About a month or so ago, I heard someone mention the biblical character Zacchaeus and it got me thinking. Zacchaeus was the chief tax collector in Jericho during the time of Christ. We’re told in scripture he was very short. Jesus was in town. He would have been the first century’s version of a celebrity - a social influencer. Everyone was talking about him and everyone wanted to see him and hang out with him. Zac was no different. Because he was a tax collector, the general population despised him. He would be viewed as a sell out to his people, a social pariah. I sometimes wonder if he went up the tree not just for a better view, but a safer one as well. It was not unheard of for a zealot to quietly stab someone like Zacchaeus in a crowd and slip away.
At any rate, he’s in a tree hoping for a chance to see Jesus. Nothing more. Just see the celebrity in town. Remarkably, Jesus stopped under the tree. Zacchaeus has quite a view. His day is made - or he may have thought. But Jesus looks up and then calls him by name. Not only that, but tells his that the party is at his house. The crowd can’t believe it. Was Jesus out of his mind? What could he be thinking? His prophetic vision must be off, because He wouldn’t want to be caught being at a party with him.
Try imagining what the dinner party was like. Zacchaeus is suddenly the center of positive attention. He’s the host of the social event of the year. Everybody wants to be there. The teachers and scribes are going out of their minds, seeing the lowest of the low hanging out with Jesus and his crew, and they have plenty to say about that.
But rather than focus on their indignation, think about what the dinner conversations were among Zac and his friends with the disciples. One was a Zealot. One was a tax collector like them! A tax collector as a disciple? A zealot and a tax collector hanging out together? All of that was unheard of. Jesus not only engaged with Zacchaeus but had called a tax collector to be one of his disciples! They listened with close attention to Levi (a.k.a. Matthew) relate his story about how he’d been about his business when Jesus came up to him and gave him the offer of a lifetime. The bible story focuses on Jesus’ exchange with Zacchaeus and rightly so. But I have to think the interaction with the disciples at the party had an impact as well. How did the conversation go and how did that reframe Zacchaeus’ world view? We know something profound happened at that event because Zacchaeus made the announcement that he was donating half his wealth to the poor and added that if he’d defrauded anyone he’d pay them back with interest.
That’s quite a transformation. From a sinful, greedy, chief tax collector working for the enemy and looking out for number one to an open handed generous man living up to his name. Because his name means “pure” or “innocent.” A prophetic proclamation at birth that became true at his re-birth.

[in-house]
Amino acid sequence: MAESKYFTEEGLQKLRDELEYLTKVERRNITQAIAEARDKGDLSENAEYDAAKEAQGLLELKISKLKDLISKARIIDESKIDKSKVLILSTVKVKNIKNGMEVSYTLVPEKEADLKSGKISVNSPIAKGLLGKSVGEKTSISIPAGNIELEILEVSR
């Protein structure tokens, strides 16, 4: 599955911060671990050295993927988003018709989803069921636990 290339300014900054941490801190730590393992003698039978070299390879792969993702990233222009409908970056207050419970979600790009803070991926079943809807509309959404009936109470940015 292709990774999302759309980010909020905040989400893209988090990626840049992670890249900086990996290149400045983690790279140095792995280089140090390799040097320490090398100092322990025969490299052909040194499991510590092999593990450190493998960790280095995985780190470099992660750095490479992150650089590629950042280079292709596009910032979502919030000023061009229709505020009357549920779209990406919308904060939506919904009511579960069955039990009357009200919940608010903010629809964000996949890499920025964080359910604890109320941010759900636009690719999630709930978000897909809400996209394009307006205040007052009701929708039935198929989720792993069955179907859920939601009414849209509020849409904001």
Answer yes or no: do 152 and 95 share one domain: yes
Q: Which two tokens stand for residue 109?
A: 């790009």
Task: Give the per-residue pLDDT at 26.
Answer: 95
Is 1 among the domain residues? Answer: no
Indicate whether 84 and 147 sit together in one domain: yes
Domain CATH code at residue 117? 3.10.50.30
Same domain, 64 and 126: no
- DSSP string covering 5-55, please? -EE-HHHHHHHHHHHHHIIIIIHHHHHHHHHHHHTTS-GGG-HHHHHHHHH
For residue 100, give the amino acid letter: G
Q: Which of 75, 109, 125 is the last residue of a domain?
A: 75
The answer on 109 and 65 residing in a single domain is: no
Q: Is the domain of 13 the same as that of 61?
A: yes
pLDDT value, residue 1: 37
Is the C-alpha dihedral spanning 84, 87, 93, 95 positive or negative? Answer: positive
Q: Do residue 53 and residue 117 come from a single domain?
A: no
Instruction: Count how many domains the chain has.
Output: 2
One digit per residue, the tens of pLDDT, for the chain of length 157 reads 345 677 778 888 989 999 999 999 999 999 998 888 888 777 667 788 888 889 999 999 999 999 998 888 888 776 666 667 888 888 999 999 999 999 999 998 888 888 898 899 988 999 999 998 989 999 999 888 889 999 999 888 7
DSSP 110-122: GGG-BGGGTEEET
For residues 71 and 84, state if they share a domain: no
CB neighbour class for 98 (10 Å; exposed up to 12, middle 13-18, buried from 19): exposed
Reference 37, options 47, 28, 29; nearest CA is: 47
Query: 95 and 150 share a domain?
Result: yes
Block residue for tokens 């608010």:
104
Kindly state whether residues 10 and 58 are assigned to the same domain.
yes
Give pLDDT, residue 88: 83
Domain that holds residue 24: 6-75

It all started because Jesus knew his name. But I think the disciples at the party played a part. It’s something to ponder. It's no secret that I am a Christ follower. But do my conversations with people stir any hope within them?
Jane Rutherford has an excellent article on the Scribophile Writing Blog. The title is Writing Bootcamp: Writing Whenever, Wherever, Whatever. Whenever I’ve gone to a writer’s conference it never fails that I come away feeling guilty. Every workshop stresses that a writer needs to set a writing schedule and stick to it. I know there’s validity to that statement. As an artist I would tell my students the importance of spending time in the studio every day. Even if you didn’t paint that day, get into your workspace, spend time in there, draw, prepare painting surfaces, clean up the space, and just do something. Eventually, after putting in the discipline of setting aside the time the painting ideas will flow. I know that discipline works no matter what the creative medium is.
However, I am in a season of life where I simply cannot plan like that. Work might call and ask me to come in, or my in-laws may call with a crisis that cannot be ignored. If I find myself with an afternoon free, I most likely need to mow the lawn. Which brings me back to Ms. Rutherford. She observes that the popular technique of setting a writing schedule and sticking to it sounds great, but from experience she knows it can be rather difficult. Just seeing a professional writer say that in print was a massive relief. Her advice? Instead of setting up a schedule that won’t work and feeling guilty for not following it, write whatever you can, whenever you can, wherever you can. That advice is flipping brilliant in its simplicity. Be it writing or painting, just do what you can. Have a notebook or sketchbook with you at all times and do what you can, when you can.
With that in mind, I’ve pulled out a manuscript I’ve been working on for a few years and once more started working on it. It is in very rough form, but I’ve polished up about eighty pages (with the help of an editor) and it’s time to start working on it again. It’s my story of caring for my mother who was a very difficult woman. I stopped working on it because of all the things that were happening in my life and I had started to believe that my story doesn’t matter. Recently, I ran across a quote by Frederick Buechner that reminded me that idea was wrong. He said, “The power of stories is that they are telling us that life adds up somehow, that life itself is like a story”. My story matters. The story of forgiveness and care giving is something other people need to hear. We’re all in this together and we all need to share our stories.
Donna Kemper put aside her art career to care for a mother she hadn't seen in over a decade. For seven years she followed her mother's journey into dementia, caring for her and putting forgiveness into action.